I also loved this swimsuit from Target but I prefer tankinis (one pieces are a pain in the ass to deal with when you have to pee!)

Retro, fun, simple.  I love the full coverage cups with the sweetheart neckline to elongate the neck.

Retro, fun, simple. I love the full coverage cups with the sweetheart neckline to elongate the neck.

If money is no object or you just want to get the suit you love because you deserve it, I think these are great choices.

I love this one shoulder number.  It's sexy but still has full breast coverage.  Anthropologie.com

I love this one shoulder number. It’s sexy but still has full breast coverage. Anthropologie.com

I think the print on this suit could detract from any breast inconsistencies.  I love the shape and the colors. Anthropologie.com

I think the print on this suit could detract from any breast inconsistencies. I love the shape and the colors.
Anthropologie.com

I've never seen anything like this.  It's conservative yet smoking hot at the same time.

I’ve never seen anything like this. It’s conservative yet smoking hot at the same time. Anthropologie.com

I love the colors and the print on this.  It's a bikini that's still sexy but not too revealing.  Less is more sometimes, right?  modcloth.com

I love the colors and the print on this. It’s a bikini that’s still sexy but not too revealing. Less is more sometimes, right? modcloth.com

While this suit isn't my personal style, I think this top is a great option since it's built a bit like a sports bra.  modcloth.com

While this suit isn’t my personal style, I think this top is a great option since it’s built a bit like a sports bra. modcloth.com

This rash guard is great option since it has UVA and UVB protection which is important for skin protection post radiation.  It comes in an array of colors.  bodenusa.com

This rash guard is great option since it has UVA and UVB protection which is important for skin protection post radiation. It comes in an array of colors. bodenusa.com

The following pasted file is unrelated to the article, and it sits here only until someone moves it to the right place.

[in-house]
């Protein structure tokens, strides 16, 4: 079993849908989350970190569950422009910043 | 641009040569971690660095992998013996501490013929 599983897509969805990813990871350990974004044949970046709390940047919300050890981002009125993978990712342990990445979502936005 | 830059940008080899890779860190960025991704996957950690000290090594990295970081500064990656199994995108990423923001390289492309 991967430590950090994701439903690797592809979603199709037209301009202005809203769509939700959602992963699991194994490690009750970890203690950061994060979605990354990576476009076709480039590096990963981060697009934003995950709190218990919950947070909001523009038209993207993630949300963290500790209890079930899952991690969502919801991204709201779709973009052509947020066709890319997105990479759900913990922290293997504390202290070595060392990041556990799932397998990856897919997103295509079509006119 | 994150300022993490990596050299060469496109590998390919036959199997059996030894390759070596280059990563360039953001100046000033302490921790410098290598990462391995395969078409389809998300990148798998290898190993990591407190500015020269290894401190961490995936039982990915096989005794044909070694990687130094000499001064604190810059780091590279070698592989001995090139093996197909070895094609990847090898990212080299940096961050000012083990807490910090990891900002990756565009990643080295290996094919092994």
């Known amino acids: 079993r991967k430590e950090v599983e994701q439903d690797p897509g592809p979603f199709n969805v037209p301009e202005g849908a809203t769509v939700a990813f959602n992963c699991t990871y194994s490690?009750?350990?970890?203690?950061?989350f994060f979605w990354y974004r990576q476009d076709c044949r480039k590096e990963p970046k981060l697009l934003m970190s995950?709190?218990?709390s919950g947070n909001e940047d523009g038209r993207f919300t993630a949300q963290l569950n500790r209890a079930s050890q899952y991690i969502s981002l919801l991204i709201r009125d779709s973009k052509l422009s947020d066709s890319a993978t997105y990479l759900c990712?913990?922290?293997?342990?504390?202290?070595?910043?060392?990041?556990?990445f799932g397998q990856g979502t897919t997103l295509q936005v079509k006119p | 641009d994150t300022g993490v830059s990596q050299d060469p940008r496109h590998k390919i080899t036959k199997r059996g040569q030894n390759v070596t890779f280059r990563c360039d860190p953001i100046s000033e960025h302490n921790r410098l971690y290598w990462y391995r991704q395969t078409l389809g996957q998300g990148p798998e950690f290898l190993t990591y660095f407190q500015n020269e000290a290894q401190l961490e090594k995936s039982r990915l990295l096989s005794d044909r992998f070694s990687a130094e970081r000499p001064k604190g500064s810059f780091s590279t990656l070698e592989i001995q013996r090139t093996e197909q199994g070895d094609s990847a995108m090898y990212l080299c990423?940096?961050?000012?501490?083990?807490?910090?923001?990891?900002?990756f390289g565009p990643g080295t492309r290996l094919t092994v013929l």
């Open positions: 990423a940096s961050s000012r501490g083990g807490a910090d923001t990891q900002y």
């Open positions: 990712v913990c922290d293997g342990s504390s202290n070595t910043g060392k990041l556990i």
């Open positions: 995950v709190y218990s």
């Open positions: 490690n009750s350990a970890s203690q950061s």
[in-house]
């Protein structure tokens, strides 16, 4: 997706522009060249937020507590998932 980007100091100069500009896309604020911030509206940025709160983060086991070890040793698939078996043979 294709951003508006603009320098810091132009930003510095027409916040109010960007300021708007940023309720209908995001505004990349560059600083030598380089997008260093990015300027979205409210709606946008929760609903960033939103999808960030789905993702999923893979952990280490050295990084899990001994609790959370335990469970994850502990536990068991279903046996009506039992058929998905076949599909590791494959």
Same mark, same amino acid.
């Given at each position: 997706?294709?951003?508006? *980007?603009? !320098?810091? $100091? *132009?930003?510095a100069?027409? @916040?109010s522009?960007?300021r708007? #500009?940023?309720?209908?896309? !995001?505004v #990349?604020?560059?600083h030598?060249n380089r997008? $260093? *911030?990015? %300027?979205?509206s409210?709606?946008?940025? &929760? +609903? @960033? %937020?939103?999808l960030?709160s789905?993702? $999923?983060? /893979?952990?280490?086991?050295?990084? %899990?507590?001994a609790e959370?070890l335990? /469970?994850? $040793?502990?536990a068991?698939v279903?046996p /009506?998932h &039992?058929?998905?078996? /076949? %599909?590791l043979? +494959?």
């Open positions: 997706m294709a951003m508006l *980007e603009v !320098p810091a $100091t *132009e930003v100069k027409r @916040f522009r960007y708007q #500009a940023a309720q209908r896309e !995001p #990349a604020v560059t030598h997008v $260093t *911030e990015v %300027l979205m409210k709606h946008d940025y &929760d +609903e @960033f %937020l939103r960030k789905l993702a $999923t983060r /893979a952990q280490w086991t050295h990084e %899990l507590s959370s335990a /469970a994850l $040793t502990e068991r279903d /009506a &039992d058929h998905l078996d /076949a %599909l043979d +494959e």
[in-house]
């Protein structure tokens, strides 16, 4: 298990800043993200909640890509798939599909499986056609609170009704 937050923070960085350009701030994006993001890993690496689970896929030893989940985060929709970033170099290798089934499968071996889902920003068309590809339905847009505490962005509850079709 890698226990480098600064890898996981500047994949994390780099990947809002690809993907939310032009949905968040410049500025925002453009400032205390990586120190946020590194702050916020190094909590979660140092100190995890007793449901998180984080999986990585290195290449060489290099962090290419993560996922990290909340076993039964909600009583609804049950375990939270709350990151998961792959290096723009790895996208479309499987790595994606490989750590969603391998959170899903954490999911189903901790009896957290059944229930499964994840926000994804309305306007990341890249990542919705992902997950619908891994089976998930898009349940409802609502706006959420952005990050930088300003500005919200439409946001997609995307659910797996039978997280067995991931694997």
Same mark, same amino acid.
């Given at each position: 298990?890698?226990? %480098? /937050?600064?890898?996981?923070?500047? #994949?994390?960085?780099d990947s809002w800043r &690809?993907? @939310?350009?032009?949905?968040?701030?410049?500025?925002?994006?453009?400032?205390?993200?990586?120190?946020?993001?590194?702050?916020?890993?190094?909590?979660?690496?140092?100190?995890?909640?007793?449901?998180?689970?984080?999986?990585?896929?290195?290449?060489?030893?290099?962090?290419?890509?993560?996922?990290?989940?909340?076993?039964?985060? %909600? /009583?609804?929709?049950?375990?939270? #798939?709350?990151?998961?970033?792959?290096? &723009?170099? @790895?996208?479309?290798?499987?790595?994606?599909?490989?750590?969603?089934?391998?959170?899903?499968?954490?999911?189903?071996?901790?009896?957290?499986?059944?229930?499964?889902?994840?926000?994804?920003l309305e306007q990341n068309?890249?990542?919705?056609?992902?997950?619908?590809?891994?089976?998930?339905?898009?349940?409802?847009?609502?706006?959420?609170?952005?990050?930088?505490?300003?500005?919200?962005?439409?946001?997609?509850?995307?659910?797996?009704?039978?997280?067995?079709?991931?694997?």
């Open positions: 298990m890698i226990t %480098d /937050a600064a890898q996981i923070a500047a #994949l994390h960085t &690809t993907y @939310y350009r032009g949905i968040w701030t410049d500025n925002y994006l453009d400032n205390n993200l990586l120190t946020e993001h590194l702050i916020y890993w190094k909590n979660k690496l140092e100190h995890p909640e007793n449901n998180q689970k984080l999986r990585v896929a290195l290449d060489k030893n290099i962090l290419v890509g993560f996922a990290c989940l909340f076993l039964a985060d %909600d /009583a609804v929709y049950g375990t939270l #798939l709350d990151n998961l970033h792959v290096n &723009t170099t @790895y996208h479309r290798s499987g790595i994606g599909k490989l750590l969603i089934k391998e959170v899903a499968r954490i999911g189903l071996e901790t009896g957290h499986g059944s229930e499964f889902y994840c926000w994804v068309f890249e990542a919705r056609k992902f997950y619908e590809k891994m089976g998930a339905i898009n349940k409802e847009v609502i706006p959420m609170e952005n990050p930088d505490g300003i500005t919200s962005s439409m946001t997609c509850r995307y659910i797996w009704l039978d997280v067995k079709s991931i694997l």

Another sexy number that has support and coverage.  And that color is killer!  neimanmarcus.com

Another sexy number that has support and coverage. And that color is killer! neimanmarcus.com

Finally, isn't this the cutest thing to cover your bald head with?  I need it!!!!!!  nordstrom.com

Finally, isn’t this the cutest thing to cover your bald head with? I need it!!!!!! nordstrom.com


4 Comments

Best. Idea. Ever.

Yesterday I was at The NYU Cancer Center to get my herceptin infusion which I get every three weeks.  The whole day took longer than expected which bummed me out because it was so beautiful outside.  The sun was shining, there was a cool breeze and the temperature was in the mid-70s.  It was perfect but I was stuck inside.

And then it hit me.  The best idea ever!

Every cancer center should have a rooftop infusion room!  Like a rooftop bar!  Think about it!  Instead of being stuck in a dull, sometimes windowless room with no color and fluorescent lighting, you could be outside in a lounge chair, under and umbrella, enjoying the day!  There could be a bar with coconut water, house made ginger ale (for those who aren’t feeling so hot), and a smoothie bar.  There would be flowers and plants that fill the air with sweet aromas so that you won’t smell that disgusting stuff they flush your port with.  It would be amazing!  It would be perfect.

Here are some rooftop bars and gardens to inspire the kind people at NYU.

The London, Hollywood.  Photo from telegraph.com/uk

The London, Hollywood. Couldn’t you just imagine getting your infusion in one of those comfy chairs under a tent? And instead of a pool, a cooling stream to soak your feet. Photo from telegraph.com/uk

Sugar, Hong Kong.  What a great way to get your chemo surrounded by all of your chemo buddies!  Photo from cnn.com

Sugar, Hong Kong. What a great way to get your chemo surrounded by all of your chemo buddies! Photo from cnn.com

Spa Bar, Stockholm.  I think I would love getting an infusion in a cushioned bubble swing!  But that's just me.  Photo from cnn.com

Spa Bar, Stockholm. I think I would love getting an infusion in a cushioned bubble swing! But that’s just me. Photo from cnn.com

St. Luke's International Hospital, Tokyo.  At least one hospital is doing it right!  Photo from Huffingtonpost.com

St. Luke’s International Hospital, Tokyo. At least one hospital is doing it right! Photo from Huffingtonpost.com

Gardens By The Bay, Singapore.  What can I say that this picture doesn't say on it's own?  Photo from cnn.com

Gardens By The Bay, Singapore. What can I say that this picture doesn’t say on it’s own? Photo from cnn.com